Comelec told to proclaim party-list rep

The Supreme Court has ordered the Commission on Elections (Comelec) to proclaim Abang Lingkod group as one of the winners in the party-list race in last May’s elections. PHOTO FROM THE PARTY LIST’S FACEBOOK ACCOUNT

MANILA, Philippines—The Supreme Court has ordered the Commission on Elections (Comelec) to proclaim Abang Lingkod group as one of the winners in the party-list race in last May’s elections.

“The Comelec is hereby ordered to proclaim Abang Lingkod as one of the winning party-list groups during the May 13, 2013 elections with the number of seats it may be entitled to based on the total number of votes it garnered during the said elections,” the high court said. Its ruling was dated Oct. 22 but it was just recently uploaded on the SC website.


Voting 10-4, the high court reversed and set aside the May 10, 2013, Comelec decision canceling the registration of Abang Lingkod as a party-list group.

Chief Justice Ma. Lourdes Sereno was one of those who dissented together with Senior Associate Justice Antonio Carpio, and Associate Justice Arturo Brion and Associate Justice Marvic Leonen.


In an 18-page ruling penned by Associate Justice Bienvenido Reyes Jr., the high court said Comelec committed grave abuse of discretion when it canceled Abang Lingkod’s registration for failing to show a track record in representing the marginalized and underrepresented.

“The flaw in the Comelec’s disposition lies in the fact that it insists on requiring party-list groups to present evidence showing that they have a track record in representing the marginalized and underrepresented,” the high court said, stressing that this was not a requirement of the law.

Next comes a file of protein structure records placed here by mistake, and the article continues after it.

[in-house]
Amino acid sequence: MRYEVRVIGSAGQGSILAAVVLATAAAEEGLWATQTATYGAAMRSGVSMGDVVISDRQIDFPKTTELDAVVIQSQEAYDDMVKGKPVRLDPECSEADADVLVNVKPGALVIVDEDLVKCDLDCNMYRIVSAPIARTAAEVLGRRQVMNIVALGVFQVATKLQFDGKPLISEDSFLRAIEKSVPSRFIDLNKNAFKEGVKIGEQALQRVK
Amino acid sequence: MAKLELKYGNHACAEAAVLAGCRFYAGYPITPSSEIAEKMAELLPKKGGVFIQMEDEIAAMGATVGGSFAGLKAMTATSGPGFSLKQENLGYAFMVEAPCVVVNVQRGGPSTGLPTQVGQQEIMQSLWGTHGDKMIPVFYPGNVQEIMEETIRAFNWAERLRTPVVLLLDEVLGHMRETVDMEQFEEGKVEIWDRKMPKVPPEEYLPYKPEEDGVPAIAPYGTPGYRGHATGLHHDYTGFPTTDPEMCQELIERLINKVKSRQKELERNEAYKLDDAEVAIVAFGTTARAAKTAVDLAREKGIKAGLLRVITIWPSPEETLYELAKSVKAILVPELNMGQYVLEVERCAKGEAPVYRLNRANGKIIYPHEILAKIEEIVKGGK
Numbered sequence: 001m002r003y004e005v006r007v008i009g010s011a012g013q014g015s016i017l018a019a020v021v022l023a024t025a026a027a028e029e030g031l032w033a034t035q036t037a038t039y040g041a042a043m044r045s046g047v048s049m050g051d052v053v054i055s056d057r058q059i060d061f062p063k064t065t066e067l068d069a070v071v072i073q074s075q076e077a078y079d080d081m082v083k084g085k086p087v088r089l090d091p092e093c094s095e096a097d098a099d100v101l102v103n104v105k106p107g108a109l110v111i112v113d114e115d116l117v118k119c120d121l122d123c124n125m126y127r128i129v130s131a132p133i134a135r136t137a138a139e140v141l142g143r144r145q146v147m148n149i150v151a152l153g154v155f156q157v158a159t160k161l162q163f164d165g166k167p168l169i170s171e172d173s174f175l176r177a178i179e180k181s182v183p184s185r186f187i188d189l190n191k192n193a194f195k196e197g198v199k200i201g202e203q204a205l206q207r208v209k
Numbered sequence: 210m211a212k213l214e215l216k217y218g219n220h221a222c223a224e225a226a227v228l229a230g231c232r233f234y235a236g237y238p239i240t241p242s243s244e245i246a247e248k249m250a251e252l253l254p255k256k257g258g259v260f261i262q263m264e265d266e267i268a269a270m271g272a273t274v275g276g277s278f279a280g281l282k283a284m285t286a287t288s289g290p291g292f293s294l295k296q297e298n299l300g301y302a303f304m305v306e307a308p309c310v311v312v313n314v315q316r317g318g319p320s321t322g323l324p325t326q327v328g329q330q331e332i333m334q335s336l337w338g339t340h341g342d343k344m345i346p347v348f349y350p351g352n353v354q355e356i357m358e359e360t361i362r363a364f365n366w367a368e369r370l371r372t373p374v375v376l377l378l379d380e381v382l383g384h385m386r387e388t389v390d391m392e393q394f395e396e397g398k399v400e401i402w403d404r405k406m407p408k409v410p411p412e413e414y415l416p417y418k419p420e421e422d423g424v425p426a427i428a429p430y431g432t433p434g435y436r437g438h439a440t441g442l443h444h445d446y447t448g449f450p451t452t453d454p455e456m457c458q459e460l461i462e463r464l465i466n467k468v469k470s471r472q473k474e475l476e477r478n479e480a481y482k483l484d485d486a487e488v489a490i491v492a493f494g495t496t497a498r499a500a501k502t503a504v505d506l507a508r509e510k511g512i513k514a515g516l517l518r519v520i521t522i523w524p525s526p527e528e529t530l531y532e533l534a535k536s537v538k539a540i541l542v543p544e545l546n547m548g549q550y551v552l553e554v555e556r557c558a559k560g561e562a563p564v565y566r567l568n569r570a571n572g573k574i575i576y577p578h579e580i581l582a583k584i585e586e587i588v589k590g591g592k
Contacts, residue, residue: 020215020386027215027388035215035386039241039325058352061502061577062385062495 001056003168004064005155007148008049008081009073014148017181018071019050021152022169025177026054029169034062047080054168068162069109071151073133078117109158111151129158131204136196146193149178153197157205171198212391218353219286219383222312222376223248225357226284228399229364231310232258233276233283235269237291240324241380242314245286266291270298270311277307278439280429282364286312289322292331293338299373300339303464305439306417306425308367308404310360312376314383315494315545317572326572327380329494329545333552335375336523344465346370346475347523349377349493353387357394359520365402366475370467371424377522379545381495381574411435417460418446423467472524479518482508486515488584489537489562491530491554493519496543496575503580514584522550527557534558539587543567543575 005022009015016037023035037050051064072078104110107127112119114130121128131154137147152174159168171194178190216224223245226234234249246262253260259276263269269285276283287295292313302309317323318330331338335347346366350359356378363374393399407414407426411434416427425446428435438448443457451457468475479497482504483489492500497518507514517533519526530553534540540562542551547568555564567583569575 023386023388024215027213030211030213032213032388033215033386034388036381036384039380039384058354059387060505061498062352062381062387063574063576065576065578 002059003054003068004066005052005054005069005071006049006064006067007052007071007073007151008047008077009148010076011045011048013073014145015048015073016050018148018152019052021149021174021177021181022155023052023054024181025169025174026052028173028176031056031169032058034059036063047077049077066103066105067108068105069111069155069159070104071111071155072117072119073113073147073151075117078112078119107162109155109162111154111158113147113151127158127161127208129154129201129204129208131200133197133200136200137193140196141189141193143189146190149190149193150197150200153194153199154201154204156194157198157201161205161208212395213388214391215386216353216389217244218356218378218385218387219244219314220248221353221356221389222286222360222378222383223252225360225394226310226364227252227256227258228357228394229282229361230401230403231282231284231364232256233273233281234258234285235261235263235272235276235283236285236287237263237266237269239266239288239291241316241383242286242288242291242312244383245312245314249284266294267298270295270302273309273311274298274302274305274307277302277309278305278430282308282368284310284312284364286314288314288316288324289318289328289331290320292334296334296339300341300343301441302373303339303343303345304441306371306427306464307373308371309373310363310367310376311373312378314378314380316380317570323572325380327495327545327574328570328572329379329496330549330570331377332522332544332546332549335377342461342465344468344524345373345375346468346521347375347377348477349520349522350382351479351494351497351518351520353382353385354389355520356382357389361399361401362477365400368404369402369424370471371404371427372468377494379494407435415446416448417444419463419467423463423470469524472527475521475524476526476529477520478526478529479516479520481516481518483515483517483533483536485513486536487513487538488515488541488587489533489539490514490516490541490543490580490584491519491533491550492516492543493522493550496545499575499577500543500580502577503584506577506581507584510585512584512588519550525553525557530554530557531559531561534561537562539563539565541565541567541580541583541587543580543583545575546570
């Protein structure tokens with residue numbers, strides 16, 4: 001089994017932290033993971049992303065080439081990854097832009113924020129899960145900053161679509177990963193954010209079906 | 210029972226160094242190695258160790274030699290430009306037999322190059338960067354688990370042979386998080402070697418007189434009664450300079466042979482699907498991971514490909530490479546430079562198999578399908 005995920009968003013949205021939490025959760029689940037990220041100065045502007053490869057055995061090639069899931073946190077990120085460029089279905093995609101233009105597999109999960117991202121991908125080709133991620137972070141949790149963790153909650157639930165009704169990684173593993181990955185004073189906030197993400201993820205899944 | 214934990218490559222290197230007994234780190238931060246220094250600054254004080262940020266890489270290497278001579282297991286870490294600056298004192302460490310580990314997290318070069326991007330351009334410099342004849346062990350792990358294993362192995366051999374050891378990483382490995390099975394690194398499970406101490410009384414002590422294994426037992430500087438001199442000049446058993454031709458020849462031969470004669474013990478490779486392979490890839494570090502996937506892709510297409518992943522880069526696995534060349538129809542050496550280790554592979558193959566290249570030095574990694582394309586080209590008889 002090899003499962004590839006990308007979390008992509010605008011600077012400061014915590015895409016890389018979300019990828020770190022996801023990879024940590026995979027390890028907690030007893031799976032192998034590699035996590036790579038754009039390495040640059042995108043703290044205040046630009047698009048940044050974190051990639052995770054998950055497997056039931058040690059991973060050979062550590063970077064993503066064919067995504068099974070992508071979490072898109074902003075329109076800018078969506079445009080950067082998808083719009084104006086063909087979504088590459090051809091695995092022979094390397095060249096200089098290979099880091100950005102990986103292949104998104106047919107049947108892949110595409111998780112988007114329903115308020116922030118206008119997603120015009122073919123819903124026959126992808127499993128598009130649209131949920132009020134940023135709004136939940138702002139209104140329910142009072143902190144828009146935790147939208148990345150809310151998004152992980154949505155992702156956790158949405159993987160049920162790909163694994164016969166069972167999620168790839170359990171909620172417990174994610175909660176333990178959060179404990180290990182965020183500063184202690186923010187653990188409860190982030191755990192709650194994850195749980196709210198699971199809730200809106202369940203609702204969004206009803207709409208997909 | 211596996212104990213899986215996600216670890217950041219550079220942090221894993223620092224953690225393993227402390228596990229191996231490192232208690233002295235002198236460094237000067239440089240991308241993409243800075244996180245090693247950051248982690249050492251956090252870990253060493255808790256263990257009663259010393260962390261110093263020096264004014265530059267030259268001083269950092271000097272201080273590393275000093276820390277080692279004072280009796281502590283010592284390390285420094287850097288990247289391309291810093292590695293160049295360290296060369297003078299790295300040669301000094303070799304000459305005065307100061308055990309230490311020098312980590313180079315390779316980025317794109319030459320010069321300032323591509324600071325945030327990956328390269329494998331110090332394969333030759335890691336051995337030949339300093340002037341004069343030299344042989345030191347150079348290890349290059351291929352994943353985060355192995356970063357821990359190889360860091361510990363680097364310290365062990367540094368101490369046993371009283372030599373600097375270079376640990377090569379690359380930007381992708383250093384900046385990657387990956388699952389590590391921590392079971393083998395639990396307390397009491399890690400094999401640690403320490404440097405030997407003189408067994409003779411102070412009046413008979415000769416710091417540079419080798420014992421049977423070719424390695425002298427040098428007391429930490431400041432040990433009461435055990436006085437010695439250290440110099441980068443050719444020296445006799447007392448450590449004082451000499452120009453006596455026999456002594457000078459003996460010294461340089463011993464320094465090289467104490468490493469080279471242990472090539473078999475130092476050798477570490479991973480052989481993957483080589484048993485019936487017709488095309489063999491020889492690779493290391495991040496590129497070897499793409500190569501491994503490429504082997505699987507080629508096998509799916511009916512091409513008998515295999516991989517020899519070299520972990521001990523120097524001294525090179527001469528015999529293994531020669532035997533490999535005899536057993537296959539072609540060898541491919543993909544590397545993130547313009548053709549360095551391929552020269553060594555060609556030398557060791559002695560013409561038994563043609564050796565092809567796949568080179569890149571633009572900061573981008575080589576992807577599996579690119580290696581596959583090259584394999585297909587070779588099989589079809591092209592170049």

Required attachments

It said Section 5 of Republic Act no. 7941 or the Party-list Law stated that groups intending to register under the party-list system are just required to attach to their verified petitions “constitution, by-laws, platform of government, list of officers, coalition agreement and other relevant information as may be required by the Comelec.”

The high court pointed out that “there was no mention that sectoral organizations intending to participate in the party-list elections are still required to present a track record.”

On Comelec’s cancellation of Abang Lingkod’s registration because it submitted as proof of its qualification digitally-edited photographs to show it undertook activities related to their organization’s advocacy, the high court made it clear that it “(did) not condone the deceit perpetrated by Abang Lingkod.”

“The Court does not tolerate Abang Lingkod’s resort to chicanery and its shabby treatment of the requirements for registration under the party-list system. Nevertheless, considering that track record is no longer a requirement, a group’s misrepresentation as to its track record cannot be used as a ground to deny or cancel its registration—it is no longer material to its qualification under the party-list system,” the high court said.


The high court noted that Abang Lingkod obtained 260,215 votes out of the 26,722,131 votes cast for the party list.

It told the Comelec that “upholding the cancellation of Abang Lingkod’s registration, notwithstanding that it was able to obtain a sufficient number of votes for a legislative seat, would serve no purpose other than to subvert the will of the electorate who voted to give Abang Lingkod the privilege to represent them in the House of Representatives.”

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TAGS: Abang Lingkod, Commission on Elections, election winners, Elections, party lists, Supreme Court
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